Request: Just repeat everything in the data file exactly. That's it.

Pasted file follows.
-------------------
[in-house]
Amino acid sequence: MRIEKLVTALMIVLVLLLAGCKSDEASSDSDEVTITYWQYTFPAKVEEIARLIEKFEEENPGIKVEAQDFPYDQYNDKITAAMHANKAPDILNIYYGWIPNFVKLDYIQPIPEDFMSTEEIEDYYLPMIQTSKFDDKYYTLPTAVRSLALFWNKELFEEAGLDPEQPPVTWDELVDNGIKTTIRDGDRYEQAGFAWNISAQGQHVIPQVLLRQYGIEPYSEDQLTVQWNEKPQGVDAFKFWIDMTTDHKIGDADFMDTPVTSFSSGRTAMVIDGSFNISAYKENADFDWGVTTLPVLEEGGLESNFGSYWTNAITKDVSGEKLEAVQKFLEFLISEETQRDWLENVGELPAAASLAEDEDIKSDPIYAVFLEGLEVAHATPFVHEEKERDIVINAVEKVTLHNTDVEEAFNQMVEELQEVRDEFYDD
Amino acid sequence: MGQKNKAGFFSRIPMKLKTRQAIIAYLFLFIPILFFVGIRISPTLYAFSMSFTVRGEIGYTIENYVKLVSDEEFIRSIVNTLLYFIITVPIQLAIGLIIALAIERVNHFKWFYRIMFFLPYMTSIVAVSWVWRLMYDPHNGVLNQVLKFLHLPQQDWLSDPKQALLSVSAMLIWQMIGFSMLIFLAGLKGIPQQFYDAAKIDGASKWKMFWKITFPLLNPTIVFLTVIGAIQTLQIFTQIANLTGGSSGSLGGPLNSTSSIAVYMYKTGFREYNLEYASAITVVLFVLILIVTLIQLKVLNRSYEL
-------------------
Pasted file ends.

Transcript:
[in-house]
Amino acid sequence: MRIEKLVTALMIVLVLLLAGCKSDEASSDSDEVTITYWQYTFPAKVEEIARLIEKFEEENPGIKVEAQDFPYDQYNDKITAAMHANKAPDILNIYYGWIPNFVKLDYIQPIPEDFMSTEEIEDYYLPMIQTSKFDDKYYTLPTAVRSLALFWNKELFEEAGLDPEQPPVTWDELVDNGIKTTIRDGDRYEQAGFAWNISAQGQHVIPQVLLRQYGIEPYSEDQLTVQWNEKPQGVDAFKFWIDMTTDHKIGDADFMDTPVTSFSSGRTAMVIDGSFNISAYKENADFDWGVTTLPVLEEGGLESNFGSYWTNAITKDVSGEKLEAVQKFLEFLISEETQRDWLENVGELPAAASLAEDEDIKSDPIYAVFLEGLEVAHATPFVHEEKERDIVINAVEKVTLHNTDVEEAFNQMVEELQEVRDEFYDD
Amino acid sequence: MGQKNKAGFFSRIPMKLKTRQAIIAYLFLFIPILFFVGIRISPTLYAFSMSFTVRGEIGYTIENYVKLVSDEEFIRSIVNTLLYFIITVPIQLAIGLIIALAIERVNHFKWFYRIMFFLPYMTSIVAVSWVWRLMYDPHNGVLNQVLKFLHLPQQDWLSDPKQALLSVSAMLIWQMIGFSMLIFLAGLKGIPQQFYDAAKIDGASKWKMFWKITFPLLNPTIVFLTVIGAIQTLQIFTQIANLTGGSSGSLGGPLNSTSSIAVYMYKTGFREYNLEYASAITVVLFVLILIVTLIQLKVLNRSYEL